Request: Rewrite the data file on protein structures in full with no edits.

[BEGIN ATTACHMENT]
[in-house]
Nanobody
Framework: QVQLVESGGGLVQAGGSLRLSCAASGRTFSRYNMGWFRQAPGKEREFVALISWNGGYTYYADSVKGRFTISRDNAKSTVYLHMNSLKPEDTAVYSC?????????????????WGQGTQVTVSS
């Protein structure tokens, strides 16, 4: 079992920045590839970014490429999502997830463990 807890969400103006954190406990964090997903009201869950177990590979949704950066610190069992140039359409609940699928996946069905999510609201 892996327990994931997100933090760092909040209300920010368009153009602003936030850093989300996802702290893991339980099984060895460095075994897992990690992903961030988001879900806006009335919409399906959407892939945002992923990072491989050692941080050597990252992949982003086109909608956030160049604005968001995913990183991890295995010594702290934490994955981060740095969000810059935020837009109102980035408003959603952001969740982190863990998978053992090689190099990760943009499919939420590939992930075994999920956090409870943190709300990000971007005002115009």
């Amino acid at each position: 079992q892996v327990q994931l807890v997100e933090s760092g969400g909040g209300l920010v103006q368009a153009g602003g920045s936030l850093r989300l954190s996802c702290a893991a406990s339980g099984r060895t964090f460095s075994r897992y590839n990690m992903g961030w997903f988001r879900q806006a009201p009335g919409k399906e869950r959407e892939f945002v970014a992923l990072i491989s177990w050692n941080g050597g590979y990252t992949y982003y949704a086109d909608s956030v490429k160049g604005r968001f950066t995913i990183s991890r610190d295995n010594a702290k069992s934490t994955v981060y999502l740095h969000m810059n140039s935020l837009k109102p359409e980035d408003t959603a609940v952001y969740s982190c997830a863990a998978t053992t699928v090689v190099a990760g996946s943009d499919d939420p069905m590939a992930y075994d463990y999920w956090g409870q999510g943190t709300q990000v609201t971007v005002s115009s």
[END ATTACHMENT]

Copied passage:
[in-house]
Nanobody
Framework: QVQLVESGGGLVQAGGSLRLSCAASGRTFSRYNMGWFRQAPGKEREFVALISWNGGYTYYADSVKGRFTISRDNAKSTVYLHMNSLKPEDTAVYSC?????????????????WGQGTQVTVSS
């Protein structure tokens, strides 16, 4: 079992920045590839970014490429999502997830463990 807890969400103006954190406990964090997903009201869950177990590979949704950066610190069992140039359409609940699928996946069905999510609201 892996327990994931997100933090760092909040209300920010368009153009602003936030850093989300996802702290893991339980099984060895460095075994897992990690992903961030988001879900806006009335919409399906959407892939945002992923990072491989050692941080050597990252992949982003086109909608956030160049604005968001995913990183991890295995010594702290934490994955981060740095969000810059935020837009109102980035408003959603952001969740982190863990998978053992090689190099990760943009499919939420590939992930075994999920956090409870943190709300990000971007005002115009």
């Amino acid at each position: 079992q892996v327990q994931l807890v997100e933090s760092g969400g909040g209300l920010v103006q368009a153009g602003g920045s936030l850093r989300l954190s996802c702290a893991a406990s339980g099984r060895t964090f460095s075994r897992y590839n990690m992903g961030w997903f988001r879900q806006a009201p009335g919409k399906e869950r959407e892939f945002v970014a992923l990072i491989s177990w050692n941080g050597g590979y990252t992949y982003y949704a086109d909608s956030v490429k160049g604005r968001f950066t995913i990183s991890r610190d295995n010594a702290k069992s934490t994955v981060y999502l740095h969000m810059n140039s935020l837009k109102p359409e980035d408003t959603a609940v952001y969740s982190c997830a863990a998978t053992t699928v090689v190099a990760g996946s943009d499919d939420p069905m590939a992930y075994d463990y999920w956090g409870q999510g943190t709300q990000v609201t971007v005002s115009s």